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06-07-2009

Urban area commentary - June 2009

Landlords.co.nz

Property values have increased in June, according to the latest statistics from Quotable Value (QV). Find out what's happening in the main regions in the story below.

To view the main regions quickly, use the links below:


Auckland

Property values in the Auckland region declined by 5.9% over the past year (calculated over the three months ending June 2009 in comparison to the same period last year), an improvement on the 7.6% annual decline reported in May. The average sale price for the region increased from $483,397 to $489,444.

Glenda Whitehead of QV Valuations said; "Steady as she goes, or more of the same, whichever way we say it, it should be seen as positive given the continuing uncertainty within wider economic indicators.

"More balanced pricing conditions are providing purchasers and vendors with a greater degree of certainty. While low listing levels increase the focus on what is for sale, buyers' caution and finance issues are leading the market into calmer waters. It is widely accepted that we are unlikely to see any significant capital gain in the short to medium term, so buyers are not pricing this into their offers. Likewise, investors are buying on cash-flow.

"Securing finance is key to many deals eventuating and it seems as though prices achieved depend on the ability of parties to negotiate. Job security is still creating uncertainty so people are not committing beyond their means".

"Quality properties are attracting good interest, while poorly presented homes sit until asking prices are reduced. Mortgagee sales continue to impact on the market place, with some reportedly selling well, while others sell at substantial discounts when poor presentation and general uncertainty comes into play," said Whitehead.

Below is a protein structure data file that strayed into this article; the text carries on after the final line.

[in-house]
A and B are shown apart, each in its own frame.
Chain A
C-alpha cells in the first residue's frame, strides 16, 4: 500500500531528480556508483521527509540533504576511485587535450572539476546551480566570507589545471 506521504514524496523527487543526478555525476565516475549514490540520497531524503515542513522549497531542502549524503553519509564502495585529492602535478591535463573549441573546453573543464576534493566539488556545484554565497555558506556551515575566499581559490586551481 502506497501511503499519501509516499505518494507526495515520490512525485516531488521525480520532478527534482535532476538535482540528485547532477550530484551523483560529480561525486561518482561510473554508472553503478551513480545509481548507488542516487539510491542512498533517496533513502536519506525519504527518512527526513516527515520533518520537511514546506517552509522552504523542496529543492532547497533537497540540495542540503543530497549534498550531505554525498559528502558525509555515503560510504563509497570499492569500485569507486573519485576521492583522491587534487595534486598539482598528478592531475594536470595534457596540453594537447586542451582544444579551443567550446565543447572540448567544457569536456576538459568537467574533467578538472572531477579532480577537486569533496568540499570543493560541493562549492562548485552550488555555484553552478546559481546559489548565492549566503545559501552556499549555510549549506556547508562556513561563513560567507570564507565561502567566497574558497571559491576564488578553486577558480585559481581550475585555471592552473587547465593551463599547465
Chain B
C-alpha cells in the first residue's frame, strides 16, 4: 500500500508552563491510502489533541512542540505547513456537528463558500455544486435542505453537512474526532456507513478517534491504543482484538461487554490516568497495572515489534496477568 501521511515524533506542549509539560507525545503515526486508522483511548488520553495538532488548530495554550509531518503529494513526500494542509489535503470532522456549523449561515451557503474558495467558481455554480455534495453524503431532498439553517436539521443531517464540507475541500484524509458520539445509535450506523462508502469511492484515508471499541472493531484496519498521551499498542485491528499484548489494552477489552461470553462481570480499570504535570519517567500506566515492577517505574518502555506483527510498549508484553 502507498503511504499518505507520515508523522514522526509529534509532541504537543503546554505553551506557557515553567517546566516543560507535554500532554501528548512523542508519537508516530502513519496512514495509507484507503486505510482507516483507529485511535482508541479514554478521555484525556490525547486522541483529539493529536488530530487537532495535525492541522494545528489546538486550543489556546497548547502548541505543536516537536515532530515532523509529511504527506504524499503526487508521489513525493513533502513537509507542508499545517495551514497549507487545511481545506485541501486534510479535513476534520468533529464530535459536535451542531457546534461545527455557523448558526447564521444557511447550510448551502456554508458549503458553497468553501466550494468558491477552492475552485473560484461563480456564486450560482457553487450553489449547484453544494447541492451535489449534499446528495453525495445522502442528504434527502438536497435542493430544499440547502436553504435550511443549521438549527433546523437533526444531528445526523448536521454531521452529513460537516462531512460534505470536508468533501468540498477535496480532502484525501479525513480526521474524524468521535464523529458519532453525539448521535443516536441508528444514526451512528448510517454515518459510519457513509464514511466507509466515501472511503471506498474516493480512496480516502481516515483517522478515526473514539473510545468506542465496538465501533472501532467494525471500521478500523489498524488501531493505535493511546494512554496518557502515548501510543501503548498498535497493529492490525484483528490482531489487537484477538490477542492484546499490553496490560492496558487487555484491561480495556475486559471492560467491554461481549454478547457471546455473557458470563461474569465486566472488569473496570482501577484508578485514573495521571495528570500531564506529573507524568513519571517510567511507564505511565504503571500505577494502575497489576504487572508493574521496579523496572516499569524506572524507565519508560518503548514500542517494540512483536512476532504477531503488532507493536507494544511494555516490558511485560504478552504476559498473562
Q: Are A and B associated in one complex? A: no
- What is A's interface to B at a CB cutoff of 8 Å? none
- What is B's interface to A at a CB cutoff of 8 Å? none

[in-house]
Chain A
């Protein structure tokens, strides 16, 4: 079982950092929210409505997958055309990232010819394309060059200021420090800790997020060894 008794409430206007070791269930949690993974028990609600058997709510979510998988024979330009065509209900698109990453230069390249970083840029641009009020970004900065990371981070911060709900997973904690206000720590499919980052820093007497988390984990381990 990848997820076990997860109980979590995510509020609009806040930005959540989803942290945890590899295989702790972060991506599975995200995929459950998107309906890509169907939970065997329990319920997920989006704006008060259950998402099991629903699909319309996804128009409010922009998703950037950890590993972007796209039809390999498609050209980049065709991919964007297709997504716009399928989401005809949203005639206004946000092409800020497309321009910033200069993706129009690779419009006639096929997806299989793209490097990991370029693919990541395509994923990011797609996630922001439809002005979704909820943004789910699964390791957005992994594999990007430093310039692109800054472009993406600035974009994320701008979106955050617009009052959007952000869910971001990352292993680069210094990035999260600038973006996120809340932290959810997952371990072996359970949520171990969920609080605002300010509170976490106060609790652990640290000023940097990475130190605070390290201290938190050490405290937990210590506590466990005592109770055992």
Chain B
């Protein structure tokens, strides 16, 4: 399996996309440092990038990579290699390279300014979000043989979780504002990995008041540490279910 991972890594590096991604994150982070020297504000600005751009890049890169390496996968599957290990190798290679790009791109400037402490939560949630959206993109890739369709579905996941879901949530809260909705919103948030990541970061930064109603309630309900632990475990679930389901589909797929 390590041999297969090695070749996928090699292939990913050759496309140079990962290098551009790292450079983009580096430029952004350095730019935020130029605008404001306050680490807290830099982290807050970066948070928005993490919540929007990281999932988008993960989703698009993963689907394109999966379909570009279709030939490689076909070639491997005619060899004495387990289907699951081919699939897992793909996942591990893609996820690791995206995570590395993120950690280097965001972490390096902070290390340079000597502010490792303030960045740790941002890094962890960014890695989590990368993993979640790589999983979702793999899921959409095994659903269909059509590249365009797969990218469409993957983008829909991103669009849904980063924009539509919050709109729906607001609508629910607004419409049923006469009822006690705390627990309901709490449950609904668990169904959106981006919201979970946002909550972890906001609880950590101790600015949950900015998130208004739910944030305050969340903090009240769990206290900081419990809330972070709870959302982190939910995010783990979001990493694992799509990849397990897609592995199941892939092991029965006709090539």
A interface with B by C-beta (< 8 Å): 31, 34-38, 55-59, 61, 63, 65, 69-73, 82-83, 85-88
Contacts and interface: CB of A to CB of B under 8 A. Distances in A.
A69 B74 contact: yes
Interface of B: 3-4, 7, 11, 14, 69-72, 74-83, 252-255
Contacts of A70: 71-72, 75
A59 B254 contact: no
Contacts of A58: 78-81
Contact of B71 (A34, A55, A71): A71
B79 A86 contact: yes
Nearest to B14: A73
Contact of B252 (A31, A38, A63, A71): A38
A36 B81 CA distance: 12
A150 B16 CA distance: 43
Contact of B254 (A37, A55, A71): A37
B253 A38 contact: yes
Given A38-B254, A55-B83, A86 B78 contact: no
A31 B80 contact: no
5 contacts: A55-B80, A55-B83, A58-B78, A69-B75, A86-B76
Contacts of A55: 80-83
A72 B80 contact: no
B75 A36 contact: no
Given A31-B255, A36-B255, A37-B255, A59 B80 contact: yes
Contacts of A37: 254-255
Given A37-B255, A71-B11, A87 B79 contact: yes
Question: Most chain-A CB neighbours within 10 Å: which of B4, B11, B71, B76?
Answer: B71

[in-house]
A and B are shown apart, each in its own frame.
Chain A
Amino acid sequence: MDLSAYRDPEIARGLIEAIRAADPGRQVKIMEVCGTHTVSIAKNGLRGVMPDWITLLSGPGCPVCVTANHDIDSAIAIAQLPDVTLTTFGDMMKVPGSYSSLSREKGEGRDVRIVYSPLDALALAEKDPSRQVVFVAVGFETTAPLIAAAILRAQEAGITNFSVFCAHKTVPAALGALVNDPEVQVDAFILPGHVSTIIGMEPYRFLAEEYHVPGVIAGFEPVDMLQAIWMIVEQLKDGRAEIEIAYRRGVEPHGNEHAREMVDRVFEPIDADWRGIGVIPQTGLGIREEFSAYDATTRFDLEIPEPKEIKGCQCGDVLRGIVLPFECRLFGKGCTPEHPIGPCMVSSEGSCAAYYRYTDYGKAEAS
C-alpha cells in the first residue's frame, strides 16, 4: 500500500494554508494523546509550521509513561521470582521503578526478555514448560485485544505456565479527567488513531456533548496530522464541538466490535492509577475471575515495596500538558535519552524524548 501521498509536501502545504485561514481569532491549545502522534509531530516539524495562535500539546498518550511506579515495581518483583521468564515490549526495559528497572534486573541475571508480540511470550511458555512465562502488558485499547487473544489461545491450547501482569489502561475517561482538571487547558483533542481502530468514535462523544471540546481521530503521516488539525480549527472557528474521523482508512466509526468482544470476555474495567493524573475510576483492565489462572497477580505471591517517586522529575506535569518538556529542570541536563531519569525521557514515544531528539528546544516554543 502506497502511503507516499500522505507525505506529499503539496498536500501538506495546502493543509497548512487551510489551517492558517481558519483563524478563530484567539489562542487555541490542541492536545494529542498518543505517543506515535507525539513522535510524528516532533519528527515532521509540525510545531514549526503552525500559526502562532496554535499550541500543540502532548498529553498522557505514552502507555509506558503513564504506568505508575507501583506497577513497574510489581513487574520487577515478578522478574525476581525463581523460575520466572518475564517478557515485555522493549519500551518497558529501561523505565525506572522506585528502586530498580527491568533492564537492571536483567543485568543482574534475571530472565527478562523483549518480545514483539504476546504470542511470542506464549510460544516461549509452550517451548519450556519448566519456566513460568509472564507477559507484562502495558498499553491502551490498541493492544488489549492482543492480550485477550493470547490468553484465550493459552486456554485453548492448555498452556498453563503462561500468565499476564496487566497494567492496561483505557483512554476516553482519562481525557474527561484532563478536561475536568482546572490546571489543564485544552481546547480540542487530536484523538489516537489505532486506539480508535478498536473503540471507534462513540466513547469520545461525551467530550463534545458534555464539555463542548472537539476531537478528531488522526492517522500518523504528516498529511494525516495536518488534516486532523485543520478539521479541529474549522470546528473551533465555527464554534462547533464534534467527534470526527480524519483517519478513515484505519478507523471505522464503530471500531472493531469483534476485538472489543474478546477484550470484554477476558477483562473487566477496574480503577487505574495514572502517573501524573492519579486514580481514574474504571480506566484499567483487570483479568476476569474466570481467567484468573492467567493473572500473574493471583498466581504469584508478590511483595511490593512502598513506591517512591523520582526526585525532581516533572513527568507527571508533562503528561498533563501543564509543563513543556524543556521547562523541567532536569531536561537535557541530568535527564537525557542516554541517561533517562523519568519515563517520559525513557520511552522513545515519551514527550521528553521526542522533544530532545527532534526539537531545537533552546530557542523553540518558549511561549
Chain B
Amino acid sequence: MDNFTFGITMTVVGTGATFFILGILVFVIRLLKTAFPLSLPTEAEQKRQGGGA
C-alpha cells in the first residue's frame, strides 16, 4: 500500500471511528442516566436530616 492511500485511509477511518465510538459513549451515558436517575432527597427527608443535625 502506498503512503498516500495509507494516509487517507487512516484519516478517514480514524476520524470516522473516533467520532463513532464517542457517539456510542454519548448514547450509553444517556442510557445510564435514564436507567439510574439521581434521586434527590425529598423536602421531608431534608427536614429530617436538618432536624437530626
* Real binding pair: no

"On another positive note we are seeing more activity in the medium price bracket in Auckland over $500,000, in suburbs such as Ellerslie and Mt Eden. This could indicate that the trading-up option represents good value, or perhaps reflects a greater degree of confidence by those selling and buying within that value range.

"As listings are limited in many areas, we are seeing multi-offer situations and good activity at open homes. This lack of stock could be attributed to winter, as many people choose not to sell when their property does not look its best.  

"Let's also not forget that it costs to sell, and if equity levels are low following the recent drop in values, selling costs only reduce equity further. For many staying-put is more palatable, as long as mortgage repayments can be met" said Whitehead.

Hamilton

Property values in Hamilton declined by 6.6% over the past year (calculated over the three months ending June 2009 in comparison to the same period last year), an improvement on the 7.5% annual decline reported in May. The average sale price for the city decreased from $346,274 to $337,851.

Richard Allen of QV Valuations said; "For the forth consecutive month the rate of annual decline in the Hamilton region's housing market has recovered slightly. The 0.9% improvement from May is further evidence that the market has stabilised over the last quarter. The exception to the rule was North East Hamilton which showed a 6.6% annual decline in June, a similar level to that reported in May," said Allen.

"This continued recovery in our figures for the city confirms our comments from last month that house prices have flattened. However, as stated last month, I am of the opinion that this stabilisation may only be an aberration, and that a lack of demand as we progress further into winter will put more downward pressure on residential property prices in Hamilton and the Waikato," he said.

Tauranga

Property values in Tauranga declined by 8.0% over the past year (calculated over the three months ending June 2009 in comparison to the same period last year), an improvement on the 9.4% annual decline reported in May. The average sale price for the region increased slightly from $425,621 to $427,927.

Russell Oliver of QV Valuations said; "Although the market stabilisation we have experienced in the last few months has continued into June, the macro-economic environment could undo this pretty quickly. There is still a bleak outlook for agricultural and employment sectors and it will be interesting to see how this affects values for the rest of the year".

"Acting in the favour of property values and helping the current stability is the lack of listings available. It seems to be a country-wide phenomenon which has not overlooked Tauranga. For those who do list there seems to be a commitment to meet the market.